Skip to main content
NHL Insider

Domi, Canadiens ready to take next step

Forward looks to help Montreal return to playoffs after coming up 'a little bit short' last season

by Dave McCarthy / NHL.com Independent Correspondent

TORONTO -- Max Domi isn't interested in focusing on any expectations set for the Montreal Canadiens after they narrowly missed qualifying the Stanley Cup Playoffs last season.

"Our job is to just go and do our thing, so we don't really read too much into expectations from the media," the 24-year-old forward said on SiriusXM NHL Network Radio at BioSteel Camp on Monday. "When you've got guys like Carey Price and Shea Weber, you're by no means in anything but a competitive stage of your career. Our team believed in what we could do last season, and we did some good things. We came a little bit short, but we know what we're capable of moving forward."

 

[RELATED: Canadiens owner sees 'brighter' future, eager to end Stanley Cup drought]

 

Price went 35-24-6 with a 2.49 goals-against average, .918 save percentage and four shutouts last season while Weber put up 33 points (14 goals, 19 assists) in 58 games after missing almost a year following surgeries to his right knee (torn meniscus) and left foot (torn tendon). The Canadiens finished with 96 points, two behind the Columbus Blue Jackets for the second wild card into the playoffs from the Eastern Conference and four behind the Toronto Maple Leafs, who finished third in the Atlantic Division.

Although some may have thought Montreal exceeded expectations last season, finishing with 25 more points than it had in 2017-18, Domi said falling just shy of the playoffs should not be viewed as any kind of success.

"At the end of the day, we came up a little bit short last year," Domi said. "We took some strides in the right direction, but we still have to take another step."

As a result, Domi, who led the Canadiens with 72 points (28 goals, 44 assists) in 82 games in his first season with Montreal, said his only goal is helping the team return to the postseason for the first time in three seasons.

"To be honest, as far as I'll go on personal goals this season is I want to make the playoffs," Domi said. "That's a team goal anyway and it's a team sport for a reason. You do whatever you're asked to do, you help your teammates out. Whatever your role ends up being, you do it to the best of your ability."

Video: 31 in 31: Montreal Canadiens 2019-20 season preview

Domi did that with the Canadiens last season, setting NHL career highs in goals with 28 (10 more than his previous high), assists with 44 (eight more than his previous high), and points with 72 (20 more than his previous high). He said he thrived on the pressure of playing in the spotlight of one of the League's most prominent markets after being acquired in a trade from the Arizona Coyotes for forward Alex Galchenyuk on June 15, 2018.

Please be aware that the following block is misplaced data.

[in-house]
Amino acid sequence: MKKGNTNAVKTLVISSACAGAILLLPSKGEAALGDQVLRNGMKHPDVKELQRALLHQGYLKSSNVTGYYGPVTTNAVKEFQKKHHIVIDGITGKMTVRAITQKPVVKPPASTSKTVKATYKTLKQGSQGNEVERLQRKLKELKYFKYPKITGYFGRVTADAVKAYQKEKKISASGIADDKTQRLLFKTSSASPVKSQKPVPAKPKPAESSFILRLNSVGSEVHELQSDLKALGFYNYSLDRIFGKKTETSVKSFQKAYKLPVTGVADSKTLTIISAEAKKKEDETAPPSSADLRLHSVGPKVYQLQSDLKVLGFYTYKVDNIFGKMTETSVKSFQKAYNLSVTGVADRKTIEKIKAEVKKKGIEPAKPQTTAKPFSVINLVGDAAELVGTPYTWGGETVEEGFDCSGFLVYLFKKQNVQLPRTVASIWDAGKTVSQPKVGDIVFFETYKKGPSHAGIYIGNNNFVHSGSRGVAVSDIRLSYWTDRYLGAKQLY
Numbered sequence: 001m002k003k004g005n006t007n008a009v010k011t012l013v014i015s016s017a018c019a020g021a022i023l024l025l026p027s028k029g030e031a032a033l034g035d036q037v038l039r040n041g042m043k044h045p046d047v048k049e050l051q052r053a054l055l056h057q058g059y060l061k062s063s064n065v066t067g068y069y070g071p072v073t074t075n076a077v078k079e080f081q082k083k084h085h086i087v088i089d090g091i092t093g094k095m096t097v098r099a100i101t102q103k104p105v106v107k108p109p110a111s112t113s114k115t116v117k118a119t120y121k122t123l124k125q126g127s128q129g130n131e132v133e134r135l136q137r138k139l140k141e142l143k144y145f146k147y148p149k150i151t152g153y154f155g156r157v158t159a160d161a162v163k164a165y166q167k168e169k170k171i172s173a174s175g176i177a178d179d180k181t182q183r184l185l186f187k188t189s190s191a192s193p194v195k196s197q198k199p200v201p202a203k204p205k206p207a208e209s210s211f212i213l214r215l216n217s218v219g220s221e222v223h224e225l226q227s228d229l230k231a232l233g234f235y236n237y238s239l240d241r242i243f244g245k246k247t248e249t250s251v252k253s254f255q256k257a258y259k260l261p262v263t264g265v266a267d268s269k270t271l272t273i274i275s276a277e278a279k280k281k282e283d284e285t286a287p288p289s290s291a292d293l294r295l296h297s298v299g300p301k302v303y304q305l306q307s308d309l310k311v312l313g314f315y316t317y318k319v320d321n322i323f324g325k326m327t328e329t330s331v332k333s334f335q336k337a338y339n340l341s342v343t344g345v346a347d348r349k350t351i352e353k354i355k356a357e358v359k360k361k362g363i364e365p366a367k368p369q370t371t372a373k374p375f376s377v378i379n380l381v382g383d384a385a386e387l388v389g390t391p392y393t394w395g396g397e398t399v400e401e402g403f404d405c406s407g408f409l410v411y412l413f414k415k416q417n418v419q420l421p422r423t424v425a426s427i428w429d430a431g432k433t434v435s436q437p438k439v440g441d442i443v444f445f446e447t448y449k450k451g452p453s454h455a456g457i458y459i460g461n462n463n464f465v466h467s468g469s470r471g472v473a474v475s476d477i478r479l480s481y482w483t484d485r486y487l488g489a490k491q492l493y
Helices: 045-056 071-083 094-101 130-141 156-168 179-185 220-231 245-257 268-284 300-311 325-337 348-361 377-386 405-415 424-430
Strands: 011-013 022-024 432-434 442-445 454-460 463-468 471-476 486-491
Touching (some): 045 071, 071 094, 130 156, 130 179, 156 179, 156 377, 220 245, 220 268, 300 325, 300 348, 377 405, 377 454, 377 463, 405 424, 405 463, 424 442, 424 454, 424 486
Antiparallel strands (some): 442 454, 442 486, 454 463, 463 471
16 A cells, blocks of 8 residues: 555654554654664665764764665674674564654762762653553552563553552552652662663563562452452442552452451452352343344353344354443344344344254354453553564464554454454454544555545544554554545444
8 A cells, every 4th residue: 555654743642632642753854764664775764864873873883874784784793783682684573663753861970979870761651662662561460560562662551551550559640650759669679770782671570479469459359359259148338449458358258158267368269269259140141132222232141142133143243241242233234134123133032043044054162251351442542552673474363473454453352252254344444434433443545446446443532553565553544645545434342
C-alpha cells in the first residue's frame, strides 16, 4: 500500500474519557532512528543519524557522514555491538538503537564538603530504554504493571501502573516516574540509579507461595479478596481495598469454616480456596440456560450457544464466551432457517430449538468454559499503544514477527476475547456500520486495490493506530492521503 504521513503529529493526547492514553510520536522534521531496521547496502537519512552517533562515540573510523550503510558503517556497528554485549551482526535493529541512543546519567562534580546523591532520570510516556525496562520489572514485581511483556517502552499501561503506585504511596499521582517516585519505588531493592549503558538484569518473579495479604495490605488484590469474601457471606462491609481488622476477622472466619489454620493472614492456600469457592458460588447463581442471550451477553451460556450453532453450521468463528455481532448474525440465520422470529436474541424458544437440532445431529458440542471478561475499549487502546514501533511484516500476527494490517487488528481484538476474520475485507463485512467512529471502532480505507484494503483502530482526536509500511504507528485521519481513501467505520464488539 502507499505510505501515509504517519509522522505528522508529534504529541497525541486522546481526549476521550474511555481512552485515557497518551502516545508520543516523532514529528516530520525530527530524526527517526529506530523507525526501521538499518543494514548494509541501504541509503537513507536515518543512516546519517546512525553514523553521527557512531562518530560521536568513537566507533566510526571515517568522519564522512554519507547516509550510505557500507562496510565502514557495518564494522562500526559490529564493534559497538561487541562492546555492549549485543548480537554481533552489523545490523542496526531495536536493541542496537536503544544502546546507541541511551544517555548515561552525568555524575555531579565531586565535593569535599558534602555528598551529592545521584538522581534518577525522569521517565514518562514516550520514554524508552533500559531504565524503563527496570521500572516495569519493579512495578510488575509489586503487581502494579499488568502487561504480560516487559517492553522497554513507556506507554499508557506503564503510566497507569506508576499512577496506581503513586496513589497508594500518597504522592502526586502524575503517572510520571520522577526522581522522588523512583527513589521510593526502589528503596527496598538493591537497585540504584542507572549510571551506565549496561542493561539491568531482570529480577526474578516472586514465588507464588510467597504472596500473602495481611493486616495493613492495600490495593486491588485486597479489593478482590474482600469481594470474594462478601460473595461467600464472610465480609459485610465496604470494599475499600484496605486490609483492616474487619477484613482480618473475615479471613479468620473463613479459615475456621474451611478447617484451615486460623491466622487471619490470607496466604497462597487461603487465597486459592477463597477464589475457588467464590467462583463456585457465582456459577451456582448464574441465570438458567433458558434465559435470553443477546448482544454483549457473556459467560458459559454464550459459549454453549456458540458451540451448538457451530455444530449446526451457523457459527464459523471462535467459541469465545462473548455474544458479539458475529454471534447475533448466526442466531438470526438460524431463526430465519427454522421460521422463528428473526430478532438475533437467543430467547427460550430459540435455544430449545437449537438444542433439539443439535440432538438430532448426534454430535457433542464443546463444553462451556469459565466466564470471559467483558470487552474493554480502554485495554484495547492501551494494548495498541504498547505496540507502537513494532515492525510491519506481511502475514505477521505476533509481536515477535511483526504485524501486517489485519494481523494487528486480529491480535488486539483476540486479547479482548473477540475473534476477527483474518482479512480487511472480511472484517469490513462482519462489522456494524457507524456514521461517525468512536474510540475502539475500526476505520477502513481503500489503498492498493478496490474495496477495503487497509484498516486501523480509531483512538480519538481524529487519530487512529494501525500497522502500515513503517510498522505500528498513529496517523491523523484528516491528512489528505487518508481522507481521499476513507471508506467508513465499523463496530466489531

"It's not for everyone, but for me personally, I love it. It brings out the best in me and it holds people accountable," Domi said. "So if you're struggling, you better figure it out pretty quick because you'll hear about it."

After Growing up in Toronto while his father, Tie Domi, played for the Maple Leafs and spending four seasons with London of the Ontario Hockey League, playing under intense pressure in a highly scrutinized market is something Domi is used to and happy to embrace.

"When I was a kid, that pressure was all I knew being around my dad. Seeing him get recognized all over the streets, it was normal for me. That was my childhood," Domi said. "Playing in London in junior was more or less the same sort of atmosphere, and then same thing when I was at the [2015 IIHF World Junior Championship] with a huge stage where there was a lot of pressure, but it brought out the best in me.

"My first year in Arizona, it was playing in the NHL, so it was kind of that same feel. I wouldn't say it wears off after the first year, but it was a little different there than I was used to. I love Arizona, but in terms of hockey, I was pretty eager to get back to a market like the one I grew up around and in junior. I got lucky when I was traded, and I got to get traded to a team I'd have loved to play for."

View More

The NHL uses cookies, web beacons, and other similar technologies. By using NHL websites or other online services, you consent to the practices described in our Privacy Policy and Terms of Service, including our Cookie Policy.